[W]hat has separated [orphans] from their birth families? The answers vary from case to case and from country to country. But generally speaking, the reason often is because the surviving parent—more often than not, the mother—feels giving up her child is her only option.

“A lot of them have the misconception that an orphanage might provide a better life for a child,” says Max McGhee, the Orphan Care manager at Saddleback Church. “If you’re very impoverished, if you can’t afford food or school for your children, it can look like an appealing alternative for the good of the child.”

The large evangelical Saddleback Church in California, led by Rick Warren (of The Purpose Driven Life fame) has lead the way in taking a more global approach to working with at-risk families, and what they have accomplished in Rwanda is amazing.

“The first few years we were [in Rwanda], we were just trying to explain there was an opportunity for churches to bring children from orphanages into their families, as opposed to sending them overseas,” McGhee says. “As soon as they got that, they took ownership of it.”

With remarkable results. Churches played an instrumental role in a government-encouraged campaign to empty the country’s orphanages and find children permanent families—usually their blood relatives.

“Around 2012 to -13, churches started bringing children home, tracing their bloodlines and finding their parents or next of kin,” says McGhee. “In 2010, there were around 3,000 kids in orphanages. Now it’s just a few hundred. Most of the orphanages have been closed.”

Saddleback hasn’t stopped at finding homes for children. It’s also working to meet the families’ special needs.

“These children have been through a lot,” McGhee says. “We send teams over to educate families on the damage that orphanages do, and how to heal kids who’ve been through trauma. When a child isn’t nurtured by a primary caregiver, research shows it has an effect on his brain’s development. He ends up with post-traumatic stress.”…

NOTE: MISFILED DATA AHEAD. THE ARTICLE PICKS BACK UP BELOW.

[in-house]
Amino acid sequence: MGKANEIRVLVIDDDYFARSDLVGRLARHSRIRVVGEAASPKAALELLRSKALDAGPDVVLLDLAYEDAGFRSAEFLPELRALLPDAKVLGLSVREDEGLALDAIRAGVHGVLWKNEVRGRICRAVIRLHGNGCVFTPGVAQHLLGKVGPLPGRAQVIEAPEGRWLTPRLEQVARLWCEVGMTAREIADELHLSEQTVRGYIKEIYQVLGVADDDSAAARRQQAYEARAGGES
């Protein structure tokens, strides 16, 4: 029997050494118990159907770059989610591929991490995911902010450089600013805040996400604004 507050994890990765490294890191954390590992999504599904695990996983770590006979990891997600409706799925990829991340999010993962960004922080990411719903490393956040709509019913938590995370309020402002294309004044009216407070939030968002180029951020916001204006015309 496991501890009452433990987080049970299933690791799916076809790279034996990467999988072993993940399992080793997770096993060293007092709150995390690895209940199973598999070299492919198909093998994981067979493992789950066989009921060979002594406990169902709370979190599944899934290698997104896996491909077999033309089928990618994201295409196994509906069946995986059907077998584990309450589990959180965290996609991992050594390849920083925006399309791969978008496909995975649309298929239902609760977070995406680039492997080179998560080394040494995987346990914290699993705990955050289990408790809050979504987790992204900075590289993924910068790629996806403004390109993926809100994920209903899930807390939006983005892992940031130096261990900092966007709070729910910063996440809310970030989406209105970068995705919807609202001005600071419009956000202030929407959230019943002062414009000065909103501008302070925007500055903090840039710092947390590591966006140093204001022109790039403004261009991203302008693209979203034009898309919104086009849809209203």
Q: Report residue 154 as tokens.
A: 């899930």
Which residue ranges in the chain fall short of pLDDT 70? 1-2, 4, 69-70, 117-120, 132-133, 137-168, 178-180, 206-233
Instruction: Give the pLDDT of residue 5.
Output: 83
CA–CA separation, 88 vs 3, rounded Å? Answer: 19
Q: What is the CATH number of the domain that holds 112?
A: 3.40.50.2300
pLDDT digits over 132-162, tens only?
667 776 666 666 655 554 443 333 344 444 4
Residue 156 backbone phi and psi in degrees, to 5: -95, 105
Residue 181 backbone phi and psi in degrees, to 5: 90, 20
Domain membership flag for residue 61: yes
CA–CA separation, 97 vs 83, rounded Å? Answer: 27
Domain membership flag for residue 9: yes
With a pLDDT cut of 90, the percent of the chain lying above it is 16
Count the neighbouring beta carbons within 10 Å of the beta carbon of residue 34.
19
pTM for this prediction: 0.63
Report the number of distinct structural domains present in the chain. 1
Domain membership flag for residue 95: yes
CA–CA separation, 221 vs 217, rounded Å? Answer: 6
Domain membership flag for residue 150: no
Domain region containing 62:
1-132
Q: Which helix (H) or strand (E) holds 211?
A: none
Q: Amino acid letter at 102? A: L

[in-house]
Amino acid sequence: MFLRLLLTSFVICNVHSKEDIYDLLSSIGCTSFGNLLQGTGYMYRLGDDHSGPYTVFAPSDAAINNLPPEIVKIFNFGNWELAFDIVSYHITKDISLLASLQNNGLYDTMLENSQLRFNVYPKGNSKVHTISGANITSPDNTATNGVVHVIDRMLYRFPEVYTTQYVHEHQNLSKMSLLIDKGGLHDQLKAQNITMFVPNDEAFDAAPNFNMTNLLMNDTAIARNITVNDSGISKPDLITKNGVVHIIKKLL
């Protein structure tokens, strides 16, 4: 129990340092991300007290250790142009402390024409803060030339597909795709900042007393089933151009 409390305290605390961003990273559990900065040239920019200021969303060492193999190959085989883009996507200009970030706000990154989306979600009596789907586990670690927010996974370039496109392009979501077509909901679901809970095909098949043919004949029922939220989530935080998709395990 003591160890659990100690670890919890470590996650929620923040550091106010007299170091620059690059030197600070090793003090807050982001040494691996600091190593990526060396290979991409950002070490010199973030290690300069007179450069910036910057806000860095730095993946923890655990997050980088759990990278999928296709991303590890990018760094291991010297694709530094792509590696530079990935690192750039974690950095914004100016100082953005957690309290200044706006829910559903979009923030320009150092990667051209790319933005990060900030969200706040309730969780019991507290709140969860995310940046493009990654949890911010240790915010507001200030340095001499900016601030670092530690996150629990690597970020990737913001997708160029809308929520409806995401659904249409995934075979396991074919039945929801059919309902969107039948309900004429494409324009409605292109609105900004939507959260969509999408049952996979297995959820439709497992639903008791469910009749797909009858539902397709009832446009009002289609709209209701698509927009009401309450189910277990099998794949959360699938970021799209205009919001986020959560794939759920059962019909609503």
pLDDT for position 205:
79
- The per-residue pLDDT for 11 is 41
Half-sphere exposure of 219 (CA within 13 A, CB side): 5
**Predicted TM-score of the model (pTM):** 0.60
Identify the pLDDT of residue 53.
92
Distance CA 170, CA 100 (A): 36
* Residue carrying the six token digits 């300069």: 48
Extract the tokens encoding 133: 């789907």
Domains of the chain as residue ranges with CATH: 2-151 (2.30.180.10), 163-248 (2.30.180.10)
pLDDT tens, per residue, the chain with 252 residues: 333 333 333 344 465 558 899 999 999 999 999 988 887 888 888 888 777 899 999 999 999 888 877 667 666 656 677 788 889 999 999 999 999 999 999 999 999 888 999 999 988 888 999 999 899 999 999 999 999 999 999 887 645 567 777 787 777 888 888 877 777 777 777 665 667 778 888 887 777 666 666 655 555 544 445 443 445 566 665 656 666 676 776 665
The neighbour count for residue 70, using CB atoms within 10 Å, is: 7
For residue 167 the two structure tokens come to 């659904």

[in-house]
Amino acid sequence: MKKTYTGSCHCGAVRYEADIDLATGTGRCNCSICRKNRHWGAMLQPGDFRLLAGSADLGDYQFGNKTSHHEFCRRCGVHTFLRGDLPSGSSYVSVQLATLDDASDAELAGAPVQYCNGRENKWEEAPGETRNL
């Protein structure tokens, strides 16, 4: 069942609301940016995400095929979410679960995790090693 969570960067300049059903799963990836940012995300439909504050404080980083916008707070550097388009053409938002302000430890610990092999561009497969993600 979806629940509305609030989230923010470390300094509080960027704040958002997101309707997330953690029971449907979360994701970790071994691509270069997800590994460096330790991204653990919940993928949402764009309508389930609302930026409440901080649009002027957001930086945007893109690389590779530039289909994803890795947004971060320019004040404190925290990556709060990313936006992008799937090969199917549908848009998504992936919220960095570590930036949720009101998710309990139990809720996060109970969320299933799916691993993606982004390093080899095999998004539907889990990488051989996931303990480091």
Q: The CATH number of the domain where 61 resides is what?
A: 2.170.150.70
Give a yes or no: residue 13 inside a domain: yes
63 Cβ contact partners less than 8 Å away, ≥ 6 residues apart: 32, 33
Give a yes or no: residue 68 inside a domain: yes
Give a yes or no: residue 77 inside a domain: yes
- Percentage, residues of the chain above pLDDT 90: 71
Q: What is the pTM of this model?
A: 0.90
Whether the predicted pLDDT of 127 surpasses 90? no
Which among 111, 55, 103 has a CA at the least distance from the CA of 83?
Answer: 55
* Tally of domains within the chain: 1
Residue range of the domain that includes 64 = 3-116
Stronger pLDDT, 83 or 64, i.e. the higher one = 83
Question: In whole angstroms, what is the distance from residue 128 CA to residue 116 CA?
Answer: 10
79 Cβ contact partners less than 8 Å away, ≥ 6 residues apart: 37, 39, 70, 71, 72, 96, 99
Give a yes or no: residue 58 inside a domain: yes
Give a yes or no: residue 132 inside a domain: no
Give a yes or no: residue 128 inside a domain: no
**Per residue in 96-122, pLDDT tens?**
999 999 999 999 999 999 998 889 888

At Saddleback, keeping families together is another aspect of their partnership with Rwandan churches. In the PEACE Plan, donors work through Rwandan churches to temporarily sponsor families in parenting-training and money-management programs. The parents use the funds to pay their children’s school fees, enroll them in medical insurance and build self-sustaining income to support the family.

Greater Focus on US Foster Care

Focus on the Family, a proponent of the Christian Orphan Care Movement, has also been active in finding families for children in US foster care. Their Wait No More program has been recruiting adoptive parents for foster children since 2008. “I think people see very clearly God’s heart for these kids,” says Kelly Rosati, Focus on the Family’s vice president of advocacy for children. Rosati says:

“[Christians] know parents should not lose their children for preventable reasons. They know it’s not always possible for children to grow up safely with those parents. And they know that, either way, we need to step up and provide for these kids what God always intended—to grow up in a loving family.”

I strongly recommend this well written article by Matt Kaufman in Focus on the Family Citizen® magazine–Out of the Orphanage.

Other Creating a Family Resources You Will Enjoy

27/11/2017 | by Dawn Davenport | Categories: Adoption, Adoption Blog, Blog | 1 Comments



One Response to Changes in the Christian Orphan Care Movement

  1. Katie says:

    Thank you for this article. I always cringe when I see Focus on the Family. Family Research Council is a division of FoF. They published studies, like The Missing Piece, to purposely talk single, poor moms out of parenting and placing their babies for adoption. Considering my crisis center was an affiliate, I am certain I was a victim of their social engineering experiment. Single moms had a “welfare worldview” according to them. How interesting, 20 years later, they are changing their tune. Unfortunately, many families were destroyed like mine. Hopefully they know better and will do better in the future.